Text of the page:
Early Start: An early intervention with teenage mothers and their newborn babies

Karen Corwin Mook, University of Rhode Island


The efficacy of Early Start, an early intervention program for teenage parents with newborn babies, was evaluated. The program was designed to reach teenage parents in a rural Maine area. Some teenagers attended classes with their babies. Others received individualized service at home. Programming focussed on teaching parents about infant behavior and development. Considerable time was spent coaching parents in play with their babies by using guided interaction and videotaping. Baseline and post-test data measuring maternal, support, and interaction variables were collected on both Early Start participants and a matched control group from outside of the serviced area. A preliminary analysis of the data showed some beneficial, short-term effects for Early Start, mother-infant pairs. Specifically, mothers who participated in the Early Start Program reported less "unpredictability" in their babies and fewer family worries than did their control counterparts. Early Start mothers also had more realistic developmental expectations and more desirable childrearing attitudes.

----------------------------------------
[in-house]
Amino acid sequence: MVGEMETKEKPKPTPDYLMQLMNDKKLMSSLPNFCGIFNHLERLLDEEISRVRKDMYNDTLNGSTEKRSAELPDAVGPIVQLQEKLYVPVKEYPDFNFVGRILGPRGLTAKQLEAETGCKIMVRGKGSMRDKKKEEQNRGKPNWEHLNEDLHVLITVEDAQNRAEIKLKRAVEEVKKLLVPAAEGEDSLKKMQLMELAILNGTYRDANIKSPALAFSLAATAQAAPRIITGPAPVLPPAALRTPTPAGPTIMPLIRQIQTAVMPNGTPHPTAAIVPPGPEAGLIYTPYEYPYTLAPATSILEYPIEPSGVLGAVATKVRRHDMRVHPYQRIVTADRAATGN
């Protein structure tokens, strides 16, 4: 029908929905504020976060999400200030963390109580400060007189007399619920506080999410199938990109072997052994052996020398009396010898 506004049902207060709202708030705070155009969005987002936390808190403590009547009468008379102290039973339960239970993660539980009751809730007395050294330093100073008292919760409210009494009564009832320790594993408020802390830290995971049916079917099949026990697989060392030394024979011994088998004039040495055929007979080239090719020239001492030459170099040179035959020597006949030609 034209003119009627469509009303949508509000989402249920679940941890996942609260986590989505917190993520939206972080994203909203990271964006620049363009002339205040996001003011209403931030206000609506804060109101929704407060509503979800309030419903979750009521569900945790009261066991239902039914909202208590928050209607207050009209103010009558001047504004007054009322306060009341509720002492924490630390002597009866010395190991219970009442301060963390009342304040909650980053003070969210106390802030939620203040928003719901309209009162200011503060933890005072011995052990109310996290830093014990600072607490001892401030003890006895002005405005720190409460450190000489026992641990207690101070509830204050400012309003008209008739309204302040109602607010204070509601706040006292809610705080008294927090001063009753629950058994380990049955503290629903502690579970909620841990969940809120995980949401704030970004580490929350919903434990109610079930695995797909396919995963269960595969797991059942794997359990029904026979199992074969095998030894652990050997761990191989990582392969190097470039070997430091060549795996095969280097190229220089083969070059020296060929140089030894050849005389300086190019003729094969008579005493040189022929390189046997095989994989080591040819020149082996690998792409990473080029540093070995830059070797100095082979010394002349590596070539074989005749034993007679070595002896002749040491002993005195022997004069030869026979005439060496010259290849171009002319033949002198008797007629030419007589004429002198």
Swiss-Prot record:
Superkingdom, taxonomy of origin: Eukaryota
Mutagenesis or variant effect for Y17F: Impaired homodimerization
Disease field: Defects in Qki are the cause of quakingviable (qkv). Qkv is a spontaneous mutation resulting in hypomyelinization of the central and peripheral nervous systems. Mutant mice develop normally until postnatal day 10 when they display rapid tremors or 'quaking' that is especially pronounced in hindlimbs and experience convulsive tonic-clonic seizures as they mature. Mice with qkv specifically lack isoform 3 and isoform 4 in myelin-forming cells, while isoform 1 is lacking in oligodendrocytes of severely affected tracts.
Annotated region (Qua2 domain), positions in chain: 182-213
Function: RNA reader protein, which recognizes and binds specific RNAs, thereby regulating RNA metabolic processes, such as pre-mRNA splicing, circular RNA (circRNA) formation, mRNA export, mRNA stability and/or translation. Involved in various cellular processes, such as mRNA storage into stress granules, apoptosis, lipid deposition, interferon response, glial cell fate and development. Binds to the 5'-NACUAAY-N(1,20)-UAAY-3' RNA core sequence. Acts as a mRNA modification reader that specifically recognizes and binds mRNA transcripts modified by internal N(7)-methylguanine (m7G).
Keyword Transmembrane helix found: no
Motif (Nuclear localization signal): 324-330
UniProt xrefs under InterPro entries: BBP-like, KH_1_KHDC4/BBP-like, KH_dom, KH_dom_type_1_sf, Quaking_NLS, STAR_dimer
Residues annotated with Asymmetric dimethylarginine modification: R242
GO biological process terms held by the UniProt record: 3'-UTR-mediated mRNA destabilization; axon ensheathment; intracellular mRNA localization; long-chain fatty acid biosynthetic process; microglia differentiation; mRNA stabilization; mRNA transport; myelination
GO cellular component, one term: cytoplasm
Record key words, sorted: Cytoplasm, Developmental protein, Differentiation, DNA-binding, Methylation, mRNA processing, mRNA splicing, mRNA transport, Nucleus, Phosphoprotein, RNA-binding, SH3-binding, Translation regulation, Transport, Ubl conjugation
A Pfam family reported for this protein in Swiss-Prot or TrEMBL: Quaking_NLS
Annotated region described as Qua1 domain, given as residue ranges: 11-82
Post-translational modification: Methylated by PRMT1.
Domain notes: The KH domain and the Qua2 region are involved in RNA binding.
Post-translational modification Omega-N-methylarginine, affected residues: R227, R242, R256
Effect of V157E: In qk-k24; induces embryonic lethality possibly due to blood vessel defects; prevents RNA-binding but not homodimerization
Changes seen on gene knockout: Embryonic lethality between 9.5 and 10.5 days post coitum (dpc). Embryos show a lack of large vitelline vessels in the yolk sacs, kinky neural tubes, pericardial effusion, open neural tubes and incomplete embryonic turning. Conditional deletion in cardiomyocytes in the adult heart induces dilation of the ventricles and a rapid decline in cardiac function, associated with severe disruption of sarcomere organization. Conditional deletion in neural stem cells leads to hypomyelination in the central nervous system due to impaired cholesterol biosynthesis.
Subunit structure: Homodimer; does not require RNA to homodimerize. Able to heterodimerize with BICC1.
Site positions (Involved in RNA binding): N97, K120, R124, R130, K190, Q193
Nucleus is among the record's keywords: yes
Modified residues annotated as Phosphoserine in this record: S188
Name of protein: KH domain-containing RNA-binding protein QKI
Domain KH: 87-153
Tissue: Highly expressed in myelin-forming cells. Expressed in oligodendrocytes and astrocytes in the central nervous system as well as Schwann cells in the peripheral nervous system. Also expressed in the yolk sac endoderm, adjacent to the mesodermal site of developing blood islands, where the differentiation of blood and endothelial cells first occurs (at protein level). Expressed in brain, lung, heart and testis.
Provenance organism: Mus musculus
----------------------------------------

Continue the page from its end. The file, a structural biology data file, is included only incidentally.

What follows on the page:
Subject Area

Developmental psychology

Recommended Citation

Karen Corwin Mook, "Early Start: An early intervention with teenage mothers and their newborn babies" (1993). Dissertations and Master's Theses (Campus Access). Paper AAI9332456.